When Kyra Bremer is ice climbing, there is a moment when everything slows down.
"Winter has that hush to it. If you walk on ice it makes noise. Your ice axes make noise, the weight of your body makes noise," she said. "It allows me to focus."
Bremer, 41, was born in Two Harbors, Minn., and started climbing after the birth of her second child. Fifteen years later she's teaching ice climbing at the University of Minnesota Duluth.
She said the international ice climbing community is surprisingly intimate. It's a small enough group that Bremer knows five of the seven climbers from North America who went to the Winter Olympics in Sochi. The sport was showcased there for the first time in a first step for consideration as an official sport.
"Both my kids grew up in the community and from age 5 on were climbing," Bremer said. "It's something that I think has a place for every level that you are at. The people are so excited to share their joy and enthusiasm."
The ice climbing season in Minnesota begins in early December and usually wraps up in early March. This winter's extreme cold has made it possible to climb even longer, Bremer said.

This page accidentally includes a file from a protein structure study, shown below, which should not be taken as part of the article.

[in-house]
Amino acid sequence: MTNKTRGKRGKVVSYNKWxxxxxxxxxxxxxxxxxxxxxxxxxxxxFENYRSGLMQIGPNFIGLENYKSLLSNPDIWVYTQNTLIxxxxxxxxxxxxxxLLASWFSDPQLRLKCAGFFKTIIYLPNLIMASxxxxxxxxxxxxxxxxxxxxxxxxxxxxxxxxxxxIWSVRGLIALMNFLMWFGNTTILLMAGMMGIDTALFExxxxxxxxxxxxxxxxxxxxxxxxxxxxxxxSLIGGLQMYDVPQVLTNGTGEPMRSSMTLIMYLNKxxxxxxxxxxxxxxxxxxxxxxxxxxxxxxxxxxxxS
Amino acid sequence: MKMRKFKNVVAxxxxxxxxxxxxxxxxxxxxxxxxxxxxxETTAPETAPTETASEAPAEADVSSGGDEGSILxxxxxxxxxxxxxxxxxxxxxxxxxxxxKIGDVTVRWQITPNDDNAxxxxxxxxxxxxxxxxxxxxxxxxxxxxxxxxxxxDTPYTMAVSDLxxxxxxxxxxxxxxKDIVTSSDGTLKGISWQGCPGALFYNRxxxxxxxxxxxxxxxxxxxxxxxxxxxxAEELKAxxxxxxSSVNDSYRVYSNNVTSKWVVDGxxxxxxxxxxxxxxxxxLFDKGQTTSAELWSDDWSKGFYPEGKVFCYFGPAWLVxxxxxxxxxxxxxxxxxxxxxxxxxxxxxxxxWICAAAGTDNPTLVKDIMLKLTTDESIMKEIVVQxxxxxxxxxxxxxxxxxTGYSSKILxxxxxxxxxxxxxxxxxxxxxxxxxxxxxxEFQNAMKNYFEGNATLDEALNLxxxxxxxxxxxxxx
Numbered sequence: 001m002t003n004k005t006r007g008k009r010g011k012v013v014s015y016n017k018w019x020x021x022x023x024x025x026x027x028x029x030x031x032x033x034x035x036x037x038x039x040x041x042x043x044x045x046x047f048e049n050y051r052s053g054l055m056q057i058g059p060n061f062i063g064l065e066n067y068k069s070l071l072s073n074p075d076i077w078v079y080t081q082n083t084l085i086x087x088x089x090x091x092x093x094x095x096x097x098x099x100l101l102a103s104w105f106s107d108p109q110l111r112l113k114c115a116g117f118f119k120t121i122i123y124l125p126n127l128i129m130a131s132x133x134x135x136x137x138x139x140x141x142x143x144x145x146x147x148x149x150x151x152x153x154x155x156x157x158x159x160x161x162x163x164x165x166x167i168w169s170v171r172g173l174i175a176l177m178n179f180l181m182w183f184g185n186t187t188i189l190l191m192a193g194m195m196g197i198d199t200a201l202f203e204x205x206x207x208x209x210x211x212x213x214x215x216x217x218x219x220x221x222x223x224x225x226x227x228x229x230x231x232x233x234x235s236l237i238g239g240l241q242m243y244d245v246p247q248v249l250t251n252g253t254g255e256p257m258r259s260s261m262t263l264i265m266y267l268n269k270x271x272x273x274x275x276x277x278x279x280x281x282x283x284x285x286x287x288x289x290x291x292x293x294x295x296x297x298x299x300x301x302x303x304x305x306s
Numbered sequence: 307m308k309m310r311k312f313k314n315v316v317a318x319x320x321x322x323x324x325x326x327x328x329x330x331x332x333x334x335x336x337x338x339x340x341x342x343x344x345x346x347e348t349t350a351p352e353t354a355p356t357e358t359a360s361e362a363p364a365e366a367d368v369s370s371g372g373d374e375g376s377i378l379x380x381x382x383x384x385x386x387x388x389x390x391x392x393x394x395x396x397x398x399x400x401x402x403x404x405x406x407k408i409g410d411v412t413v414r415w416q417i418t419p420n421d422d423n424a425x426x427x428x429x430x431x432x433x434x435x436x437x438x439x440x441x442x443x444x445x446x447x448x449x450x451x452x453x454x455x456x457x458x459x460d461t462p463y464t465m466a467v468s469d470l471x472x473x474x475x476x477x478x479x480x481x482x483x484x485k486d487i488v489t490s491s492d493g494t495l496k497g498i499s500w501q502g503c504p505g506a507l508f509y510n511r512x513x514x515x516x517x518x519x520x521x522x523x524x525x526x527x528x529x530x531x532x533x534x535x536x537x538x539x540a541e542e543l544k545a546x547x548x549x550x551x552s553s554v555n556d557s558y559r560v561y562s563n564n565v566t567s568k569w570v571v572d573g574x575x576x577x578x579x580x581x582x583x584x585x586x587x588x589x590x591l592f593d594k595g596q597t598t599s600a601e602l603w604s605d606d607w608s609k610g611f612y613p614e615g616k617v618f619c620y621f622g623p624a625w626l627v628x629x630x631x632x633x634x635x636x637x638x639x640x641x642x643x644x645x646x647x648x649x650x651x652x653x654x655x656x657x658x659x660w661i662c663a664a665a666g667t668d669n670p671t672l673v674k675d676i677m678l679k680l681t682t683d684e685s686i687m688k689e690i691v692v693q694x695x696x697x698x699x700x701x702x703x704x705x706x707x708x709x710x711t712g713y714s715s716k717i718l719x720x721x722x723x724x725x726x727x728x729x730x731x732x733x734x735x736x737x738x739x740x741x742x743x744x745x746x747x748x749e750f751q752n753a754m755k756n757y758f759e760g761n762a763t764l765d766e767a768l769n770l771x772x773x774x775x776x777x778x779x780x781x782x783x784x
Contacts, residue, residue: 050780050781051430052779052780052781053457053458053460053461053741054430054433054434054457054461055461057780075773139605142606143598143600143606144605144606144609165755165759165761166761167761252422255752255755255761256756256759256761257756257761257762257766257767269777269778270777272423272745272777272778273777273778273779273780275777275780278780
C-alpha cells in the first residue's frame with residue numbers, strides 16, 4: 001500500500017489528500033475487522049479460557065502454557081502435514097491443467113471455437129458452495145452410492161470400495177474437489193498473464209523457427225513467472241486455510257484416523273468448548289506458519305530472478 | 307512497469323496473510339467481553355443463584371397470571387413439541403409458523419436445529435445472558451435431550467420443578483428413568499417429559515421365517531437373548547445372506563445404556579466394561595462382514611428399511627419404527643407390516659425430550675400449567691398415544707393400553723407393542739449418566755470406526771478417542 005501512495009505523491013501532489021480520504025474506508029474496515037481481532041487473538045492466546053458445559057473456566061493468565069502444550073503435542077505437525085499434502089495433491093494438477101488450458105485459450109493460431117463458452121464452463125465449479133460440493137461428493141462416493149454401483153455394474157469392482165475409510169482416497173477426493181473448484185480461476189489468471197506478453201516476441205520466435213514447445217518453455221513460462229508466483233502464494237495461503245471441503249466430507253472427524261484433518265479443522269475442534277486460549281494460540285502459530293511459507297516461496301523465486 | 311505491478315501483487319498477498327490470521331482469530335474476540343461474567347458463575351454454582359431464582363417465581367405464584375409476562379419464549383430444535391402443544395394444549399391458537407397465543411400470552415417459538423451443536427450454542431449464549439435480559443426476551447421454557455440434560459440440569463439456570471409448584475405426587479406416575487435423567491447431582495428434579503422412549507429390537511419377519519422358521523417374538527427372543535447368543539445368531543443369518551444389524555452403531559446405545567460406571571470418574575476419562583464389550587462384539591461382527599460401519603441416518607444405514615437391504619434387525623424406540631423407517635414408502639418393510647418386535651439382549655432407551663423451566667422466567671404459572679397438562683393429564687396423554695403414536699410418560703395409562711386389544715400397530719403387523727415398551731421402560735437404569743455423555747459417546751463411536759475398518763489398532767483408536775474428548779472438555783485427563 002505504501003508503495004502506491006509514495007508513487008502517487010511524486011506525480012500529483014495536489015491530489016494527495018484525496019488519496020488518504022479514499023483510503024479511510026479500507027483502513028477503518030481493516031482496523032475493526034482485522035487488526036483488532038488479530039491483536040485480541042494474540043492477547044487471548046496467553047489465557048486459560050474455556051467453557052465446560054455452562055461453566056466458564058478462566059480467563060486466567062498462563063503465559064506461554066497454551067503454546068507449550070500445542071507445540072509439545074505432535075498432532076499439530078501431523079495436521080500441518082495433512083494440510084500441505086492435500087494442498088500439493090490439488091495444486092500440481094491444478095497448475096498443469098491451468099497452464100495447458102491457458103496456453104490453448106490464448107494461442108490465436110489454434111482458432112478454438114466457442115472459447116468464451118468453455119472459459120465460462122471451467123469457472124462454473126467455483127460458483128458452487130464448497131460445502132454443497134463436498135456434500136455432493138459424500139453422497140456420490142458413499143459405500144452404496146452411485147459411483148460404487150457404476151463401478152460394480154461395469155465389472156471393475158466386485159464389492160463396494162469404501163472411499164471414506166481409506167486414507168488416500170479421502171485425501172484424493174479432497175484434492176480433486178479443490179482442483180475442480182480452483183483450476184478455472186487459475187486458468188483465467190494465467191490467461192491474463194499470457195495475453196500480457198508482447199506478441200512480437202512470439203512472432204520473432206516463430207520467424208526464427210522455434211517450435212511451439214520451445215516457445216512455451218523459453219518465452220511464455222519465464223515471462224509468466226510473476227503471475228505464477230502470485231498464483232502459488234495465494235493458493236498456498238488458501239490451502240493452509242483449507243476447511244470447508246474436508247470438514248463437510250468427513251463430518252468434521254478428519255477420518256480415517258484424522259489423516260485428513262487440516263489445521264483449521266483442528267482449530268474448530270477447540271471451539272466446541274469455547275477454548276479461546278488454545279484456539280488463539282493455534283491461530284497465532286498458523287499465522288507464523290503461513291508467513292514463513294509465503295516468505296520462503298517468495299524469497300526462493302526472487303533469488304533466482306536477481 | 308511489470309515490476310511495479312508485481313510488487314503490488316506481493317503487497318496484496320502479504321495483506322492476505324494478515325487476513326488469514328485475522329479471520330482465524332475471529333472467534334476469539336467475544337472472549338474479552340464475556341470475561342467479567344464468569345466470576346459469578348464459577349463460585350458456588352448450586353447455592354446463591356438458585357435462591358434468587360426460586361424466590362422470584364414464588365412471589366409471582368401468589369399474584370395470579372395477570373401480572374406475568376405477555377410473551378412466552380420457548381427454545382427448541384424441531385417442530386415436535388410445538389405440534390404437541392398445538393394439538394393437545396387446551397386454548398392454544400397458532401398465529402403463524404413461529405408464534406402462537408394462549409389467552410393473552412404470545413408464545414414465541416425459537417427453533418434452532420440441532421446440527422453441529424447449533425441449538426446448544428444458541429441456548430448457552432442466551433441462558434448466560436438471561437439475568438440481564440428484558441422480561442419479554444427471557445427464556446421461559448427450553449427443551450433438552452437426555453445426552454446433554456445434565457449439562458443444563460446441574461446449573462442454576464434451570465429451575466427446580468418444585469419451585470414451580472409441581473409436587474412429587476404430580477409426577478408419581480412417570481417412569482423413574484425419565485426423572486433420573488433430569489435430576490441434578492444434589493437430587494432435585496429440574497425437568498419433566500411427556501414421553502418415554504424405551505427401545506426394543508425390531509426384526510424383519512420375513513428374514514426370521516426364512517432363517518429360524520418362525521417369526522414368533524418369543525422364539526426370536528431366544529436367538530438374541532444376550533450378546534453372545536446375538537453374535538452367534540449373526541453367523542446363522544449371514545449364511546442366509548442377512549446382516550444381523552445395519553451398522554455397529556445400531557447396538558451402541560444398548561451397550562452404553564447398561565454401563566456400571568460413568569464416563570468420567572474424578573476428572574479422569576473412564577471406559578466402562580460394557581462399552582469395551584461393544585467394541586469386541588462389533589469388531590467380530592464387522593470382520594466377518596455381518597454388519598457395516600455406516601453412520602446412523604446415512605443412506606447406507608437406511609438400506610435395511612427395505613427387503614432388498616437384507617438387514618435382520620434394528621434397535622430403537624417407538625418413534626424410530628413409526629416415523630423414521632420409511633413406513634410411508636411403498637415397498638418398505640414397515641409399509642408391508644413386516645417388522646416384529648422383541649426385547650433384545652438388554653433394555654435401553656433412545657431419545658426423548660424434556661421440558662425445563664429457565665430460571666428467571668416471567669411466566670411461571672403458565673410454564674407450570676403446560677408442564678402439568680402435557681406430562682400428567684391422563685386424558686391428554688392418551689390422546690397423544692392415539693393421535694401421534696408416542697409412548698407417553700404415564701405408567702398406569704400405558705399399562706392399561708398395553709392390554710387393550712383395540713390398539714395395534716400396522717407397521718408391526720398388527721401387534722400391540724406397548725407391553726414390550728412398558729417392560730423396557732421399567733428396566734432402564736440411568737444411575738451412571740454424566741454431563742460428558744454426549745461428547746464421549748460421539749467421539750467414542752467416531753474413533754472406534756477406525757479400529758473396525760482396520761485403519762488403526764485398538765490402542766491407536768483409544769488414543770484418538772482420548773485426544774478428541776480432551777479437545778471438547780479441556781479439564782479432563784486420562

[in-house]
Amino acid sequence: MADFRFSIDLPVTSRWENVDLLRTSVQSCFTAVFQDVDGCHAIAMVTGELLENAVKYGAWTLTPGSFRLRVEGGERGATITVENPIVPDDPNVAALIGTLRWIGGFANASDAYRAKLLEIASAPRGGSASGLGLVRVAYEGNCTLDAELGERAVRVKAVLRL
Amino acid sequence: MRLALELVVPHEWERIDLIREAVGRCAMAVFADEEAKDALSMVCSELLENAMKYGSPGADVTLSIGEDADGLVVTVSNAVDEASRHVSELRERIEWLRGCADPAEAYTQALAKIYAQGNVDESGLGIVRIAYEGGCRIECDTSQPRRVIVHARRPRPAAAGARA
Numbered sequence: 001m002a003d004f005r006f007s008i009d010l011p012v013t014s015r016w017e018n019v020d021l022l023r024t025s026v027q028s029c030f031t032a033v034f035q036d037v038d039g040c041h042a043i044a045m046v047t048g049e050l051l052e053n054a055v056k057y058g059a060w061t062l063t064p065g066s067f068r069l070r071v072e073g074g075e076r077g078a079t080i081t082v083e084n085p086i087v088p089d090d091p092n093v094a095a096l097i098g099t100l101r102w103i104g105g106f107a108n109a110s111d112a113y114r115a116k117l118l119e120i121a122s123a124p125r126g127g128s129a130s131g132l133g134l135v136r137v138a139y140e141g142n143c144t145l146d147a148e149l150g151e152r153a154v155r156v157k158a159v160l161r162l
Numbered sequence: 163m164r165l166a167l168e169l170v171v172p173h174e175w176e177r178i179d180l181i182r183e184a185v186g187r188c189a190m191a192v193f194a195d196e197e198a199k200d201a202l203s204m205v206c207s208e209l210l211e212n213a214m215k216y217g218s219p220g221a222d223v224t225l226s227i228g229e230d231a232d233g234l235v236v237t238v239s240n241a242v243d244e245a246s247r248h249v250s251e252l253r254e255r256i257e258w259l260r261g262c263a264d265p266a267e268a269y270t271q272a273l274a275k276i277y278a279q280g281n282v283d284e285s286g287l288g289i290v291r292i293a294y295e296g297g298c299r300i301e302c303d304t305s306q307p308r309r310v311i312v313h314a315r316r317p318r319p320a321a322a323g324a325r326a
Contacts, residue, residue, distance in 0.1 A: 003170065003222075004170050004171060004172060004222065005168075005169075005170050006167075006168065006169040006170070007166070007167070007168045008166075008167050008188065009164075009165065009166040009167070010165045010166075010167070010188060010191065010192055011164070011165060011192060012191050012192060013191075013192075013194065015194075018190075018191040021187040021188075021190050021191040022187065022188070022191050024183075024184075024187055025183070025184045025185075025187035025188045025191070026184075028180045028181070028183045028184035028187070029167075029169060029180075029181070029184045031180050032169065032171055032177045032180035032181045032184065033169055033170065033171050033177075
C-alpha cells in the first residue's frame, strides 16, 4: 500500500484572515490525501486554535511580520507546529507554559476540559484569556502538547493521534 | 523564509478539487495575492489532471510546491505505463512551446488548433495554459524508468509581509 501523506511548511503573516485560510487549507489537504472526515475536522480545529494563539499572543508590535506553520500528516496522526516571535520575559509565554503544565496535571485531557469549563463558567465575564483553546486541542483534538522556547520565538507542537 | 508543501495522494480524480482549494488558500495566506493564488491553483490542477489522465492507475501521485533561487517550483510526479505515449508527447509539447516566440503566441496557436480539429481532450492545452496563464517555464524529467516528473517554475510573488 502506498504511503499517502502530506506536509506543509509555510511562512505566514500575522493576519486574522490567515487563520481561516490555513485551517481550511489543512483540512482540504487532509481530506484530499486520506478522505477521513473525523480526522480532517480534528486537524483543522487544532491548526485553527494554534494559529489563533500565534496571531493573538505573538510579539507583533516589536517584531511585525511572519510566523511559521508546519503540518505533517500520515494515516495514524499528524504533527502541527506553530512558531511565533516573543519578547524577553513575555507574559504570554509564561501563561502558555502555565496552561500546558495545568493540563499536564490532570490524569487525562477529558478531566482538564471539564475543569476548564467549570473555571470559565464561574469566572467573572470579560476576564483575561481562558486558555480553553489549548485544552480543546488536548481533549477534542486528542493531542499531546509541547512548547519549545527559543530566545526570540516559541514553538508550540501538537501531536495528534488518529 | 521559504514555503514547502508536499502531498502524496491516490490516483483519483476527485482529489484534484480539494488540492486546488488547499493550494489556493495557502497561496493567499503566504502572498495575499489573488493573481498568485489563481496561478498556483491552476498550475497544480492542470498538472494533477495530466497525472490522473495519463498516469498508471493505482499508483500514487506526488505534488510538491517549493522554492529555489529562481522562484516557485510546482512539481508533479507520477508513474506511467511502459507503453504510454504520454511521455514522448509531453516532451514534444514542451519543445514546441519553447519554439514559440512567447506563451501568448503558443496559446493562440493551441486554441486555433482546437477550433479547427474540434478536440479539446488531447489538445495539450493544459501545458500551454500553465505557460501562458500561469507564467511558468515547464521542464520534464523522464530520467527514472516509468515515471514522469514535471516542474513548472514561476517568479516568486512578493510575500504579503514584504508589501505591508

Cascade waterfall near Grand Marais is one of Bremer's favorite places to climb in Minnesota. Ice climbers hike in and rappel down from the top of the water fall into an area without footprints.
"No one goes there," Bremer said. "You lower down into this pristine snow and climb up ice not many people see."
Bremer's advice to absolute beginners who want to try the sport is to connect with a university's outdoor program or try out a clinic led by experienced climbers at an ice climbing festival. She said two of the most popular nearby festivals are the Sandstone Ice Festival and Nipigon Ice Fest in Ontario, which Bremer organizes.
The main danger of ice climbing comes not from a fall but by being struck by falling ice while you are waiting to climb or leaving the area, Bremer said.
She said climbing has helped her learn to use her individual skills.
"Someone with powerful arms can use their arms. I have powerful legs. My center of balance might be different than the next person's," Bremer said. "I am able to use my own strengths."
Your support matters.
You make MPR News possible. Individual donations are behind the clarity in coverage from our reporters across the state, stories that connect us, and conversations that provide perspectives. Help ensure MPR remains a resource that brings Minnesotans together.